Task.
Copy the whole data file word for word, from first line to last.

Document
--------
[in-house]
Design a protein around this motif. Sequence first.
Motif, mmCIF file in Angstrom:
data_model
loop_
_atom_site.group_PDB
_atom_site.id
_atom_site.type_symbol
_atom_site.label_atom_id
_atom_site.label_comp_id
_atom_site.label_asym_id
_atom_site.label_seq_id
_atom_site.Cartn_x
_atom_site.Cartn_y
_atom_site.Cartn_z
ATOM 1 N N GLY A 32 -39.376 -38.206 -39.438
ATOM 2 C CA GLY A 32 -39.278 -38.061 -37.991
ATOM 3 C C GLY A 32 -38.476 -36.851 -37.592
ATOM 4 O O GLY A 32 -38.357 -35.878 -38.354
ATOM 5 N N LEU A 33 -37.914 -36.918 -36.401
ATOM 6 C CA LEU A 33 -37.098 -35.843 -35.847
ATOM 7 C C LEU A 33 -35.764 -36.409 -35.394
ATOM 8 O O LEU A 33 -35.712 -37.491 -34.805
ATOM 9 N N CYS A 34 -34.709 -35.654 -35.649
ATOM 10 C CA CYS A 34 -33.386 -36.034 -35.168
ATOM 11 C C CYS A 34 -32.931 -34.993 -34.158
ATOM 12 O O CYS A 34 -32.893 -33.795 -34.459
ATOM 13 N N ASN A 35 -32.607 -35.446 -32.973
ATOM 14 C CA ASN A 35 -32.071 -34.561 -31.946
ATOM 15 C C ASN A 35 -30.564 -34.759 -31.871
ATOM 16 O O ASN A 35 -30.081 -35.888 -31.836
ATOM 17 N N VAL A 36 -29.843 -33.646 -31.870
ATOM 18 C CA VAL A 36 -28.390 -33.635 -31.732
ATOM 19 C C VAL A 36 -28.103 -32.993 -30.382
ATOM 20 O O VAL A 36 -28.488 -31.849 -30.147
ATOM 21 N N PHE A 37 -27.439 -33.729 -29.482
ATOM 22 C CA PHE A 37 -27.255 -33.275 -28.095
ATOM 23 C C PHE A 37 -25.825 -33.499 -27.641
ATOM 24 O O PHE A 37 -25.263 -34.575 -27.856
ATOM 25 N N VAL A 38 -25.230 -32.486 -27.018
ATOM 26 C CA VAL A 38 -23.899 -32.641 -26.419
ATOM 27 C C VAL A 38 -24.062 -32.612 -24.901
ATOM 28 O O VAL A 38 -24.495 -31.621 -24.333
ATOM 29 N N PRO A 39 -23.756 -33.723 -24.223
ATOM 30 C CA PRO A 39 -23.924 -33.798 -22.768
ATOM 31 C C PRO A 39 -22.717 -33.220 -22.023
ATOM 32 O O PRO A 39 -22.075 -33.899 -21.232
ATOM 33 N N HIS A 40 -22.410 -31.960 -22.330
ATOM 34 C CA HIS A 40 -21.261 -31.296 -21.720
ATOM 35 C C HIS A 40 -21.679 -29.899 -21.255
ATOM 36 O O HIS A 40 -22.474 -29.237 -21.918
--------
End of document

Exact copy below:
[in-house]
Design a protein around this motif. Sequence first.
Motif, mmCIF file in Angstrom:
data_model
loop_
_atom_site.group_PDB
_atom_site.id
_atom_site.type_symbol
_atom_site.label_atom_id
_atom_site.label_comp_id
_atom_site.label_asym_id
_atom_site.label_seq_id
_atom_site.Cartn_x
_atom_site.Cartn_y
_atom_site.Cartn_z
ATOM 1 N N GLY A 32 -39.376 -38.206 -39.438
ATOM 2 C CA GLY A 32 -39.278 -38.061 -37.991
ATOM 3 C C GLY A 32 -38.476 -36.851 -37.592
ATOM 4 O O GLY A 32 -38.357 -35.878 -38.354
ATOM 5 N N LEU A 33 -37.914 -36.918 -36.401
ATOM 6 C CA LEU A 33 -37.098 -35.843 -35.847
ATOM 7 C C LEU A 33 -35.764 -36.409 -35.394
ATOM 8 O O LEU A 33 -35.712 -37.491 -34.805
ATOM 9 N N CYS A 34 -34.709 -35.654 -35.649
ATOM 10 C CA CYS A 34 -33.386 -36.034 -35.168
ATOM 11 C C CYS A 34 -32.931 -34.993 -34.158
ATOM 12 O O CYS A 34 -32.893 -33.795 -34.459
ATOM 13 N N ASN A 35 -32.607 -35.446 -32.973
ATOM 14 C CA ASN A 35 -32.071 -34.561 -31.946
ATOM 15 C C ASN A 35 -30.564 -34.759 -31.871
ATOM 16 O O ASN A 35 -30.081 -35.888 -31.836
ATOM 17 N N VAL A 36 -29.843 -33.646 -31.870
ATOM 18 C CA VAL A 36 -28.390 -33.635 -31.732
ATOM 19 C C VAL A 36 -28.103 -32.993 -30.382
ATOM 20 O O VAL A 36 -28.488 -31.849 -30.147
ATOM 21 N N PHE A 37 -27.439 -33.729 -29.482
ATOM 22 C CA PHE A 37 -27.255 -33.275 -28.095
ATOM 23 C C PHE A 37 -25.825 -33.499 -27.641
ATOM 24 O O PHE A 37 -25.263 -34.575 -27.856
ATOM 25 N N VAL A 38 -25.230 -32.486 -27.018
ATOM 26 C CA VAL A 38 -23.899 -32.641 -26.419
ATOM 27 C C VAL A 38 -24.062 -32.612 -24.901
ATOM 28 O O VAL A 38 -24.495 -31.621 -24.333
ATOM 29 N N PRO A 39 -23.756 -33.723 -24.223
ATOM 30 C CA PRO A 39 -23.924 -33.798 -22.768
ATOM 31 C C PRO A 39 -22.717 -33.220 -22.023
ATOM 32 O O PRO A 39 -22.075 -33.899 -21.232
ATOM 33 N N HIS A 40 -22.410 -31.960 -22.330
ATOM 34 C CA HIS A 40 -21.261 -31.296 -21.720
ATOM 35 C C HIS A 40 -21.679 -29.899 -21.255
ATOM 36 O O HIS A 40 -22.474 -29.237 -21.918